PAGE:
Tuesday, March 15, 2011
Ruth Madoff Has $14 Million From Fraud In BNY, Trustee Says
Ruth Madoff’s account at Bank of New York Mellon Corp. (BK) received transfers of at least $14 million that the trustee liquidating her husband Bernard Madoff’s firm wants to “recapture,” according to court filings.
Trustee Irving Picard said last week he had asked the bank for Ruth and her husband’s monthly bank statements, canceled checks and other records from January 2002 through December 2008. Bank of New York had no objection to providing them, he said in the March 10 filing in U.S. Bankruptcy Court in Manhattan. Picard is seeking a total of $44.8 million from Ruth Madoff, according to court papers.
Money going into Ruth Madoff’s personal bank account came from the jailed fraudster’s companies, which received nothing in return, Picard said in previous filings. When the Ponzi scheme collapsed in 2008 the funds became the property of Madoff customers, he said in his 2009 lawsuit against Ruth Madoff.
She is due to respond to the suit by March 31.
Some transfers masqueraded as interest payments on loans made by Madoff companies, which should have gone to the businesses and not to the owner’s wife, Picard said. A $2.3 million deposit originating in the Madoff brokerage was used “for the purchase of a yacht for the personal enjoyment of Mrs. Madoff and her family,” Picard said.
Picard said in the 2009 suit he wanted to reclaim for investors Ruth Madoff’s $44.8 million profit from the fraud. In February, she was named in Picard’s $1 billion suit against the Mets baseball team owners. Ruth and her family invested $12 million of “other people’s money” in Sterling Equities Inc. entities, which Picard said he wants back.
The Madoffs, who often invited the families of Saul Katz and Fred Wilpon, partners in Sterling Equities, to family celebrations, cocktail parties and dinners, used funds from the Madoff brokerage for their own benefit in making investments in Sterling entities, Picard said in the Feb. 4 lawsuit.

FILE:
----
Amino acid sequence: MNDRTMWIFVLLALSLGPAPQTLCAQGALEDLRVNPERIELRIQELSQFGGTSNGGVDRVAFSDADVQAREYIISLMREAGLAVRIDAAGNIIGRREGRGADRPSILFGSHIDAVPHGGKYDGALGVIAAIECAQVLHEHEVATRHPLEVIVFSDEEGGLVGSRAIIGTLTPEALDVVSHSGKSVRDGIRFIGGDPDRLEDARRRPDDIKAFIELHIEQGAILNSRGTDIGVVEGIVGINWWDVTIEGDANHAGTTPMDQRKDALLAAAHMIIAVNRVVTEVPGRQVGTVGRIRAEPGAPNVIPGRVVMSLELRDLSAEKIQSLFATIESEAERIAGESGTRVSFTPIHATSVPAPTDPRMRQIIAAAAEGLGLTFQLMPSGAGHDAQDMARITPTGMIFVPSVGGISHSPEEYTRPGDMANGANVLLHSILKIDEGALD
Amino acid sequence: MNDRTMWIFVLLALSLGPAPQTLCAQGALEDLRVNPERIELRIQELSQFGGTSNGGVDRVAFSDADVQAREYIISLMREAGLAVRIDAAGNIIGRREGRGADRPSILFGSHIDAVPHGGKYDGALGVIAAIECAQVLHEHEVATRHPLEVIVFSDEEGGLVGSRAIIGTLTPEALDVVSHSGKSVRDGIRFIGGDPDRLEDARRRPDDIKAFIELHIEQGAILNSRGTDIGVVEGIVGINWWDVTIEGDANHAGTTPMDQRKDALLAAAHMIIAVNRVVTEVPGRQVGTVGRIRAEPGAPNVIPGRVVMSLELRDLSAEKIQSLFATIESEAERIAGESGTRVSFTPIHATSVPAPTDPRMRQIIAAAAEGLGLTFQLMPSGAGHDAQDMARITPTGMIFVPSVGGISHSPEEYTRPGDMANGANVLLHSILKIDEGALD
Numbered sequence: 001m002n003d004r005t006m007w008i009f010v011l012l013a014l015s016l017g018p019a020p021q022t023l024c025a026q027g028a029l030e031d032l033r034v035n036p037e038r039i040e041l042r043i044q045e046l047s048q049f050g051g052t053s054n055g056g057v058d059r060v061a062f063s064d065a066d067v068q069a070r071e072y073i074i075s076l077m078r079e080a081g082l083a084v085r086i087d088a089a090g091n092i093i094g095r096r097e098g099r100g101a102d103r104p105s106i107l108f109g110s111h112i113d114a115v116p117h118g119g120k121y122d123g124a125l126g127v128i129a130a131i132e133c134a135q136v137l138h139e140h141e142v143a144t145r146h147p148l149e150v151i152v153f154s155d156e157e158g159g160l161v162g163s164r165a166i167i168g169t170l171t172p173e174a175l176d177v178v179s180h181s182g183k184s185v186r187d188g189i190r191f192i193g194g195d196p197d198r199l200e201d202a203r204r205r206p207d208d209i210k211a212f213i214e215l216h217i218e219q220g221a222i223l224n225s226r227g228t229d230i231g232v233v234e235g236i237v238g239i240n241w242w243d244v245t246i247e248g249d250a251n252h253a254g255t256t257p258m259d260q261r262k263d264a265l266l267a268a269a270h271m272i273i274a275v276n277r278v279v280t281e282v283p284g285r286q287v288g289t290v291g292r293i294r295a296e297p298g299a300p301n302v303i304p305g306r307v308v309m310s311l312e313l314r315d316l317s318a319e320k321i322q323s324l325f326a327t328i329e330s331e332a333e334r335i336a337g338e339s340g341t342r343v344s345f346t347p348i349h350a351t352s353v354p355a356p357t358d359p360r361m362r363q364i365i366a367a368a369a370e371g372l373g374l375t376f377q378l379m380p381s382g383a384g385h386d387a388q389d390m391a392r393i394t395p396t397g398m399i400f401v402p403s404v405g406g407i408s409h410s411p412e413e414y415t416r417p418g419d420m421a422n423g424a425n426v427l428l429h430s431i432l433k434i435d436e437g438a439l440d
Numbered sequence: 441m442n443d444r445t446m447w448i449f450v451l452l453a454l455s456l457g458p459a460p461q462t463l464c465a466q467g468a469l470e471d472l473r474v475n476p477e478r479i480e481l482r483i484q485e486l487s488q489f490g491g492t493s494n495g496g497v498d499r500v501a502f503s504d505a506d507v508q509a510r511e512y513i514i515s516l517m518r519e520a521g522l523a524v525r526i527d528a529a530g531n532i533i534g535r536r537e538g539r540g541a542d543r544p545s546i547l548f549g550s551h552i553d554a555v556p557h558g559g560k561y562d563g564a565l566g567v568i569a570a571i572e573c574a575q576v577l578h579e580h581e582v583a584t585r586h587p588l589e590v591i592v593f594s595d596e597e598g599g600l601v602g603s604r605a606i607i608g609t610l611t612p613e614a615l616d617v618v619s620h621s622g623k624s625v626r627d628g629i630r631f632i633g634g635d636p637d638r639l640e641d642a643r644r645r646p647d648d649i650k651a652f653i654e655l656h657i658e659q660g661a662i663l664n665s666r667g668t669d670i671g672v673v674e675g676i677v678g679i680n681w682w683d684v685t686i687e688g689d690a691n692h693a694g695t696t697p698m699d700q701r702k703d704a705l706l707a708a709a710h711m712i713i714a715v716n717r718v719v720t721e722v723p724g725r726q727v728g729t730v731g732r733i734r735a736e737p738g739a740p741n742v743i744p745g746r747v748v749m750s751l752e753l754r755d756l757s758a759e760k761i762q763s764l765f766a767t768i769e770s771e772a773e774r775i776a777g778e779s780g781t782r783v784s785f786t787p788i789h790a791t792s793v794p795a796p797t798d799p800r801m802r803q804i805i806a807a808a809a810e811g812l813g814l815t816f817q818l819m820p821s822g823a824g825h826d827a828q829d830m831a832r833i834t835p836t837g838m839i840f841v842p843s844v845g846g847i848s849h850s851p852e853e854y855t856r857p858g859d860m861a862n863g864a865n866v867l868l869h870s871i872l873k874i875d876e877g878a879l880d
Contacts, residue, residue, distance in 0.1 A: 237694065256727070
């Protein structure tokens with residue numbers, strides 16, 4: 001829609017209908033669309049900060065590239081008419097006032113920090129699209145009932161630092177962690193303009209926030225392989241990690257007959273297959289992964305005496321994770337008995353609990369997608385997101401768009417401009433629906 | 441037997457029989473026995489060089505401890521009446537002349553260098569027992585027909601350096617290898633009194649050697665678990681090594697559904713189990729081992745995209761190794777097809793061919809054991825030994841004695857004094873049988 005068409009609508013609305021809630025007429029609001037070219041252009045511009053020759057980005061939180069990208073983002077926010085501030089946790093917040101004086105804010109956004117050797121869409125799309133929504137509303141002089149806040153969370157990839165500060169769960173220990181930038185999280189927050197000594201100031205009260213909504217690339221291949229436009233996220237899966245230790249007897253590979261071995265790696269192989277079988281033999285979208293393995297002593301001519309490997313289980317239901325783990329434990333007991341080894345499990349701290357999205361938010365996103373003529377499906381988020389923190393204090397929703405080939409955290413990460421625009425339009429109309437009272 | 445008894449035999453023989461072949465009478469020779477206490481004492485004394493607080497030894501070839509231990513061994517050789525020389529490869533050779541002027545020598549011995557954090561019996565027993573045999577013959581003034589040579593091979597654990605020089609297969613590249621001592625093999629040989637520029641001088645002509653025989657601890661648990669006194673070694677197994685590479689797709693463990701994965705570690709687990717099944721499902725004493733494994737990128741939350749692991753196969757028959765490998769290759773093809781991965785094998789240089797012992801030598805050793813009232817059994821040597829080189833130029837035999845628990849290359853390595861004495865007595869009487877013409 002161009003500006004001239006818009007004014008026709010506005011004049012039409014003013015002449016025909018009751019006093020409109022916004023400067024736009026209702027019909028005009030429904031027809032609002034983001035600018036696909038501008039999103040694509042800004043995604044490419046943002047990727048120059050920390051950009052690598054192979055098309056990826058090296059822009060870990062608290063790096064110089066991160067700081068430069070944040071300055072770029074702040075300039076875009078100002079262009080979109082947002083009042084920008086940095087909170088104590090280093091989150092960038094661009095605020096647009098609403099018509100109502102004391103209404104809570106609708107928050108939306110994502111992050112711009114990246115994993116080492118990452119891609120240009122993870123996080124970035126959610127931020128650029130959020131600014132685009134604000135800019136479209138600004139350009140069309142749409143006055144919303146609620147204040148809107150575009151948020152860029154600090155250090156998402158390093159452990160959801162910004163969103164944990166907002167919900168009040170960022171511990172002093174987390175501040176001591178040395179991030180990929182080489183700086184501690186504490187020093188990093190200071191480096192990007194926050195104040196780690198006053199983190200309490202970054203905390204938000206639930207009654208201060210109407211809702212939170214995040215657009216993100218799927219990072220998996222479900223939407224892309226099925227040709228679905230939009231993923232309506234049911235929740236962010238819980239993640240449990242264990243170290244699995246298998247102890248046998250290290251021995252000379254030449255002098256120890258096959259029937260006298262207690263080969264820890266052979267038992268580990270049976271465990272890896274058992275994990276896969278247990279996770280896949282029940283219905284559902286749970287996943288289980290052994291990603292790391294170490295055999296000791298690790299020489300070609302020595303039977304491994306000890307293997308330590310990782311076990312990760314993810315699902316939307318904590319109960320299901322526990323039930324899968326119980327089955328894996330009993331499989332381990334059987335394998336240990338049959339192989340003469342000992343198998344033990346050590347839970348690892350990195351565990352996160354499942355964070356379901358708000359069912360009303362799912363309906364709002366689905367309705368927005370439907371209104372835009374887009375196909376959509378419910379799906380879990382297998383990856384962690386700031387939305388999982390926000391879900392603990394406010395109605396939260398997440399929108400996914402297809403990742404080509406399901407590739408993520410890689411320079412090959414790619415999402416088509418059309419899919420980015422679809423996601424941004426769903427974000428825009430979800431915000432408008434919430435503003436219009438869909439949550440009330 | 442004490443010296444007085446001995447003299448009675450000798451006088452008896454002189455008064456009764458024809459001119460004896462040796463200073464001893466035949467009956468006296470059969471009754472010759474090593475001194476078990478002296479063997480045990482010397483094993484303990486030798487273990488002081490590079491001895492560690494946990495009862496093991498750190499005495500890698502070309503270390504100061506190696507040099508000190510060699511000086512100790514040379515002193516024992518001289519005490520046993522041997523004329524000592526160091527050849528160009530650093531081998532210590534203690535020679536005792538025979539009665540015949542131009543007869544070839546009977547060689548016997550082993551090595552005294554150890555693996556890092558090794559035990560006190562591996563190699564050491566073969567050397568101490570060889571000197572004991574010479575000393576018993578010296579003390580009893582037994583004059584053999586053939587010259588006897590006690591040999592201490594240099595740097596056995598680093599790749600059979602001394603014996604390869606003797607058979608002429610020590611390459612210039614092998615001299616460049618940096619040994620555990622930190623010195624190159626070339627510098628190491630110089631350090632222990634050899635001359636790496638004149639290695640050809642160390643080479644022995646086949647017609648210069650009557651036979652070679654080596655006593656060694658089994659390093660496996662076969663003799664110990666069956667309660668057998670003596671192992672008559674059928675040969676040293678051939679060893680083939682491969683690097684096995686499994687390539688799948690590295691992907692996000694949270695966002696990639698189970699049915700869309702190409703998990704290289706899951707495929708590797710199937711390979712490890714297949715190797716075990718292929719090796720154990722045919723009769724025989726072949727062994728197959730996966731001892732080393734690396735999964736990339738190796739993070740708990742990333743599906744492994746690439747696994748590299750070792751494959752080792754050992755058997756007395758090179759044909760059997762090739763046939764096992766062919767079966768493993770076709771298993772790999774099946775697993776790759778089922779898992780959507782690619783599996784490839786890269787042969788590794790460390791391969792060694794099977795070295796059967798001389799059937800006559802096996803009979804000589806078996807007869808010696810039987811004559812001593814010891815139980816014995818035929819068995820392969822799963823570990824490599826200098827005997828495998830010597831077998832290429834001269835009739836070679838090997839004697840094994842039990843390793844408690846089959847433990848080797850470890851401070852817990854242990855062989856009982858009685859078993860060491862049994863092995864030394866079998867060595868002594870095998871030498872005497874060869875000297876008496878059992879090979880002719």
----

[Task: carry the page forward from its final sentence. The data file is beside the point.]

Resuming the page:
Ruth Madoff’s lawyer, Peter Chavkin, didn’t immediately respond to an e-mail seeking comment.
U.S. marshals seized the $7 million Manhattan home Ruth Madoff shared with her husband in the year after the fraud was exposed in 2008. Marshals sold the Madoffs’ Montauk home for $9.4 million. Ruth’s 14-carat diamond earrings sold for $70,000 in a Manhattan auction, and her 1999 Mercedes Benz went for $30,000.
She lives at her brother-in-law Peter’s $4.5 million Palm Beach, Florida mansion and delivers meals to the homebound in a 1996 Infiniti, the New York Post reported last year.
Picard has sought a total of $198.7 million from Peter Madoff, Ruth’s sons Mark, who killed himself in December, and Andrew, and Bernard Madoff’s niece Shana Madoff Swanson, who all had jobs at the defunct firm.
Mark, 46, was Ruth Madoff’s older son. His suicide was at least the second in the case, after Thierry Magon de la Villehuchet, chief executive officer of Access International Advisors.
In all, Picard has filed more than 1,000 lawsuits seeking $100 billion from 4,000 defendants, partly to compensate investors in the Ponzi scheme who lost $20 billion in principal. The trustee will use any extra money he gets to pay creditors who provided services to Madoff’s firm, and to give investors some of the fake profit they thought they’d earned in the scheme, he said in a statement yesterday.